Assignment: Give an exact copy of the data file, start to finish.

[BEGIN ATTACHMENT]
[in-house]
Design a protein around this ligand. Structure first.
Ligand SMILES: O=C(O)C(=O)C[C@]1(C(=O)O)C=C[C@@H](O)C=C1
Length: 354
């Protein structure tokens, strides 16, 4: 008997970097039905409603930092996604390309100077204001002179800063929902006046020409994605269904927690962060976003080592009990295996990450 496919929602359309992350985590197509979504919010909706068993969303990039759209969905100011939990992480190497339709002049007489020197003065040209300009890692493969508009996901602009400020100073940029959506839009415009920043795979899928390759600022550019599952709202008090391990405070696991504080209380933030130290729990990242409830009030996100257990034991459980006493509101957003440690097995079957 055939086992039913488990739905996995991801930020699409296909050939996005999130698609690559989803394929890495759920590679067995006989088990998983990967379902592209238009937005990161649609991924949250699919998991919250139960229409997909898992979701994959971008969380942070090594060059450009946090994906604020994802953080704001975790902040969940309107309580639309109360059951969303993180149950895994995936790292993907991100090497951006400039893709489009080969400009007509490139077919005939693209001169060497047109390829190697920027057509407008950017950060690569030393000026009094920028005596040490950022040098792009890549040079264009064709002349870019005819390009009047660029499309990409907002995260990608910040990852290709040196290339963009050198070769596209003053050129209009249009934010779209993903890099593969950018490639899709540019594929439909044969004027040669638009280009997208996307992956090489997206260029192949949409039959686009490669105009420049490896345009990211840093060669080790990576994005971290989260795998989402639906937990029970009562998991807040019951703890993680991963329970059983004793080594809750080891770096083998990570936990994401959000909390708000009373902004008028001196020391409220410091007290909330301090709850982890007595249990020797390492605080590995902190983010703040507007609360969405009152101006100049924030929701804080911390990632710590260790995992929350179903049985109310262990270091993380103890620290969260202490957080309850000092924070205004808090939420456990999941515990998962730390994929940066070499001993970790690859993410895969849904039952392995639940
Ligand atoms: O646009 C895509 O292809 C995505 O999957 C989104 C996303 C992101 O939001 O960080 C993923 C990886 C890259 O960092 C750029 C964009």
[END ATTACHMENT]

[in-house]
Design a protein around this ligand. Structure first.
Ligand SMILES: O=C(O)C(=O)C[C@]1(C(=O)O)C=C[C@@H](O)C=C1
Length: 354
């Protein structure tokens, strides 16, 4: 008997970097039905409603930092996604390309100077204001002179800063929902006046020409994605269904927690962060976003080592009990295996990450 496919929602359309992350985590197509979504919010909706068993969303990039759209969905100011939990992480190497339709002049007489020197003065040209300009890692493969508009996901602009400020100073940029959506839009415009920043795979899928390759600022550019599952709202008090391990405070696991504080209380933030130290729990990242409830009030996100257990034991459980006493509101957003440690097995079957 055939086992039913488990739905996995991801930020699409296909050939996005999130698609690559989803394929890495759920590679067995006989088990998983990967379902592209238009937005990161649609991924949250699919998991919250139960229409997909898992979701994959971008969380942070090594060059450009946090994906604020994802953080704001975790902040969940309107309580639309109360059951969303993180149950895994995936790292993907991100090497951006400039893709489009080969400009007509490139077919005939693209001169060497047109390829190697920027057509407008950017950060690569030393000026009094920028005596040490950022040098792009890549040079264009064709002349870019005819390009009047660029499309990409907002995260990608910040990852290709040196290339963009050198070769596209003053050129209009249009934010779209993903890099593969950018490639899709540019594929439909044969004027040669638009280009997208996307992956090489997206260029192949949409039959686009490669105009420049490896345009990211840093060669080790990576994005971290989260795998989402639906937990029970009562998991807040019951703890993680991963329970059983004793080594809750080891770096083998990570936990994401959000909390708000009373902004008028001196020391409220410091007290909330301090709850982890007595249990020797390492605080590995902190983010703040507007609360969405009152101006100049924030929701804080911390990632710590260790995992929350179903049985109310262990270091993380103890620290969260202490957080309850000092924070205004808090939420456990999941515990998962730390994929940066070499001993970790690859993410895969849904039952392995639940
Ligand atoms: O646009 C895509 O292809 C995505 O999957 C989104 C996303 C992101 O939001 O960080 C993923 C990886 C890259 O960092 C750029 C964009």